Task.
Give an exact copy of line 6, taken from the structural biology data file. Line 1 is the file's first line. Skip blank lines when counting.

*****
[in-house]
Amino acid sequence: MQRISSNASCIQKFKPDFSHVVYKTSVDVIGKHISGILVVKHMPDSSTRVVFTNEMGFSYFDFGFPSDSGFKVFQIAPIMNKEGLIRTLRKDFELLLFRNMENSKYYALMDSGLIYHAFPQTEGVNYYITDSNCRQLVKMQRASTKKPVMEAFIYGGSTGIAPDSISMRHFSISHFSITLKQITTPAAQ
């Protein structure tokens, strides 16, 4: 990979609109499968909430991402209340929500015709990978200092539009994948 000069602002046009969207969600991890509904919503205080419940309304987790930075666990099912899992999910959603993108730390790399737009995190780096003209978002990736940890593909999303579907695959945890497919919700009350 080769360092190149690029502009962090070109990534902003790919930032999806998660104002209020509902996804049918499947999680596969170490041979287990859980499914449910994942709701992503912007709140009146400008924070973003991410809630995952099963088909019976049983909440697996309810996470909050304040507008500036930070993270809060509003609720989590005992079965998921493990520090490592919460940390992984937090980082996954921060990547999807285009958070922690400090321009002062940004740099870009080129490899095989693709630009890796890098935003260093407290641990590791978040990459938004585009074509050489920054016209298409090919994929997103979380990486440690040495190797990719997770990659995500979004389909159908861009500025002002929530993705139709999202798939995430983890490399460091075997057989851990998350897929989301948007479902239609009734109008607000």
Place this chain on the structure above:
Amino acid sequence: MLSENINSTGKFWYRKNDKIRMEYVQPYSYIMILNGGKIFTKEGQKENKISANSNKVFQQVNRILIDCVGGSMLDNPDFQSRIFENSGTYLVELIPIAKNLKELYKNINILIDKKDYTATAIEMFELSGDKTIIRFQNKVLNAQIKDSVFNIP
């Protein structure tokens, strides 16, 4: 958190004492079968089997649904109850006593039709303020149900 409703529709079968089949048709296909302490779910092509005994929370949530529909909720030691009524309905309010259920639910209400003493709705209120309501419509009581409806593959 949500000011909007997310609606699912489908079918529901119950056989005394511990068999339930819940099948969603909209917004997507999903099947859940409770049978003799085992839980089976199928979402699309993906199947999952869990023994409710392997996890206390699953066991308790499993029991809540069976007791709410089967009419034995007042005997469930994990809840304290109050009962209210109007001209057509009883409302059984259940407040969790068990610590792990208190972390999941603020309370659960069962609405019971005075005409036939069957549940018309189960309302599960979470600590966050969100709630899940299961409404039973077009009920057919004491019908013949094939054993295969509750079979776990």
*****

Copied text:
């Protein structure tokens, strides 16, 4: 958190004492079968089997649904109850006593039709303020149900 409703529709079968089949048709296909302490779910092509005994929370949530529909909720030691009524309905309010259920639910209400003493709705209120309501419509009581409806593959 949500000011909007997310609606699912489908079918529901119950056989005394511990068999339930819940099948969603909209917004997507999903099947859940409770049978003799085992839980089976199928979402699309993906199947999952869990023994409710392997996890206390699953066991308790499993029991809540069976007791709410089967009419034995007042005997469930994990809840304290109050009962209210109007001209057509009883409302059984259940407040969790068990610590792990208190972390999941603020309370659960069962609405019971005075005409036939069957549940018309189960309302599960979470600590966050969100709630899940299961409404039973077009009920057919004491019908013949094939054993295969509750079979776990």